Conscience: Accusing or Excusing

Clark deNoon writes here as a guest author—
I’ve noticed that people implicitly ascribe a high degree of reliability to conscience, as if were either the underlying foundation for both their words and actions. Some find refuge in conscience as if it were a restoration of inClark deNoonnocence and purity. Others, evidently think that speaking or acting according to conscience is an expression of righteousness or, even, godliness. I find such behavior neither comforting, nor encouraging. Rather than admirable, reliance on conscience is, at best—naïve, worse—negligent, and worst—stubbornly juvenile.
My experience has been that reliance on conscience is flexibly either a substitute for reason, or the name given for a position that doesn’t stand up to reason. I find conscience to be both a dim light and primarily effective only in retrospect.
Perhaps, conscience was beneficial in the halcyon days of early childhood, when it was as tender and responsive as our flesh and bones had been. Placed in us by our Creator to accuse or excuse our behavior, its usefulness is limited and erratically obeyed, but as the years stumble past, and by the time we reach voting age, it has become numbed by bad decisions, conflicting knowledge, twists of logic, adoption of contrary values, the influence of education, and the many voices we have chosen to listen to and believe.
Under the sway of such influences, I find practicing reason and collaboration to be safer, more sensible, and more reliable. Reality has a way of defeating idealism, facts have a way of exposing fantasy, truth has a way of undermining wishful thinking, time has a way of ending naiveté, and reason has a way of correcting emotional decisions and transforming our thought lives.
Paul of Tarsus, a writer of many books in the Bible, describes in Romans 1:18 to the end of the chapter, what can happens to conscience when truth is denied and reason is abandoned. Chapter two makes clear how powerless conscience is to change the outcome of someone who relies solely on it in the face of judgment.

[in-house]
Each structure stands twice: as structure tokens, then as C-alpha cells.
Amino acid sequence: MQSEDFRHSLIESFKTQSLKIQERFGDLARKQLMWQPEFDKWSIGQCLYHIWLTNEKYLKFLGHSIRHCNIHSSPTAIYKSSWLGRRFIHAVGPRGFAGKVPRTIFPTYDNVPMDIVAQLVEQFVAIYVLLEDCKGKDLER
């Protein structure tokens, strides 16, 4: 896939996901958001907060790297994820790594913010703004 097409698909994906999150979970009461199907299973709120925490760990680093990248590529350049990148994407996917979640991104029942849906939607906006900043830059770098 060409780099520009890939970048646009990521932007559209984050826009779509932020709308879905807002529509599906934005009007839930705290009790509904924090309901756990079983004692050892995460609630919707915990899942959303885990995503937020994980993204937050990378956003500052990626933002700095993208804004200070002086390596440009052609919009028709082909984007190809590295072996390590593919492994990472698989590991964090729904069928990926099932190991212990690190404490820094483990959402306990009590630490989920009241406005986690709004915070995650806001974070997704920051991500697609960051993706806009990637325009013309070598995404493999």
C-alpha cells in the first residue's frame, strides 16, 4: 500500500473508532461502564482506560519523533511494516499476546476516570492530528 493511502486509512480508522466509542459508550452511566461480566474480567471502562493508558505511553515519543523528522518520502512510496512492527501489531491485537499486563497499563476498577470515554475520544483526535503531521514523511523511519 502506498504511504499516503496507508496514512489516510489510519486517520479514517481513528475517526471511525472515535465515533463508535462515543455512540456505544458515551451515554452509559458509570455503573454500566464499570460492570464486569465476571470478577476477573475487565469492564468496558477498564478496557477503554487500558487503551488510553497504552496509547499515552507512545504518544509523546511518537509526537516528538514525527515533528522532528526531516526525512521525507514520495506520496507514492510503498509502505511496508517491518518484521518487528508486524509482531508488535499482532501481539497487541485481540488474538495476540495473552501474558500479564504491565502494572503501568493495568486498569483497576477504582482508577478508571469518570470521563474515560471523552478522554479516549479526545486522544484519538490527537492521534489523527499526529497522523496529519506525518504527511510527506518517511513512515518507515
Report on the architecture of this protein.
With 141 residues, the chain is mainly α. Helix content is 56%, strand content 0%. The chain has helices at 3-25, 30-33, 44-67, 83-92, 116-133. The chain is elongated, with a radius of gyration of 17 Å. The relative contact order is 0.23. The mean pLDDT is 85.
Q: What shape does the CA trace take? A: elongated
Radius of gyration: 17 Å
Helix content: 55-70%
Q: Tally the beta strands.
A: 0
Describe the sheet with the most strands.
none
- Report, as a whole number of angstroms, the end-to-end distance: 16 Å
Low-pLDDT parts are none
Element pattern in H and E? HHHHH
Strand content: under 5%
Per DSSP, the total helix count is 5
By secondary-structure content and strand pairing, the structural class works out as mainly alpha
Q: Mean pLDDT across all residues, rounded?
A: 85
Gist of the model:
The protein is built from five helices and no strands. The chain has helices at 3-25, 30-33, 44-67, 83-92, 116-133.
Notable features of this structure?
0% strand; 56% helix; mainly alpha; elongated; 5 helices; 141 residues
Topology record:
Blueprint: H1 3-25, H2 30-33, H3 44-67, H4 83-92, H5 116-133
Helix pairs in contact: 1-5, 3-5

Isaiah the prophet quotes God saying, “Come let us reason together” (Isaiah 1:18), as He goes on to urge the people of Israel to use sound reason, or suffer the long-term consequences of bad decisions.

Clark deNoon


Don’t Waste Your Vote

Donald Trump and Hillary Clinton are running for President. Jill Stein (Green), Gary Johnson (Libertarian), Darrell Castle (Constitutional), and ten (10!) others will be on the ballot as well. Let me repeat: Donald Trump and Hillary Clinton are running for President, no one else. A vote for any other name on the ballot is wasted.
A close friend told me they were going to vote their conscience in the primary. I assume they voted for Ted Cruz as they said they would—cute? Dumb. Clever? Foolish. Brave? Certainly not—we have a secret ballot here in California!
Was I impressed by his bold claim? No, I was disappointed and fearful that he wasn’t alone in his choice. It would have been foolish to vote for someone who’d already pulled out of the race by the time Californians voted.
I have heard this ‘vote my conscience’ statement quite a bit lately…from a lot of Christians. This phrase is part of the new CC—Christian Correctness®, quickly replacing Political Correctness. I’m not referring to Christianity. Christian Correctness does the same thing as Political Correctness: it pigeon holes the user, or better said, makes them part of the right club. It replaces real thought, straight thought, and ultimately, the truth with clever phrases and an unbecoming passive aggressive attitude.
Ted Cruz and John Kasich, both men for whom I held a great deal of respect nine months ago, have proved themselves no more than sophomoric sour grape sore losers in the end, and might earn the dubious title as the ones who put Hillary in office. Hillary will be the first to thank them.